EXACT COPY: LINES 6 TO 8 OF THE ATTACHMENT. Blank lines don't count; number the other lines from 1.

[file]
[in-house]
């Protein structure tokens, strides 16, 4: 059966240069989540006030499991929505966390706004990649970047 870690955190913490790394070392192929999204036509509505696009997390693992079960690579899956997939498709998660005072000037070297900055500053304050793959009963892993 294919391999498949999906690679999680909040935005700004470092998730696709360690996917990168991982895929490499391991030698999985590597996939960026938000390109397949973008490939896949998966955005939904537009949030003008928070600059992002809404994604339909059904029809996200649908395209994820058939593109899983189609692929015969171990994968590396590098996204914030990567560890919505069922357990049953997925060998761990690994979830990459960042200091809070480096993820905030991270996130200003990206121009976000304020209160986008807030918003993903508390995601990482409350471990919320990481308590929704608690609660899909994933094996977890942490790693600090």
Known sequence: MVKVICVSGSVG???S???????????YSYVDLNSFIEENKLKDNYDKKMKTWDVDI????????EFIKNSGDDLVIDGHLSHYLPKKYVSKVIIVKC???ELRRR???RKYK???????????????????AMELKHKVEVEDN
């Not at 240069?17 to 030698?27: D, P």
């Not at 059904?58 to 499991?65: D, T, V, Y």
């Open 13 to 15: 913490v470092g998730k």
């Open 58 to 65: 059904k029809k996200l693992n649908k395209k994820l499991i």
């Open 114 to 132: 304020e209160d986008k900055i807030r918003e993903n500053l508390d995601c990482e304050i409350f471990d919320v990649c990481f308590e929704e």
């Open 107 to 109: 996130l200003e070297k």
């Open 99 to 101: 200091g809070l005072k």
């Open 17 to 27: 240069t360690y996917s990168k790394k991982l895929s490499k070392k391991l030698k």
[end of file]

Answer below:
């Open 13 to 15: 913490v470092g998730k």
């Open 58 to 65: 059904k029809k996200l693992n649908k395209k994820l499991i």
């Open 114 to 132: 304020e209160d986008k900055i807030r918003e993903n500053l508390d995601c990482e304050i409350f471990d919320v990649c990481f308590e929704e």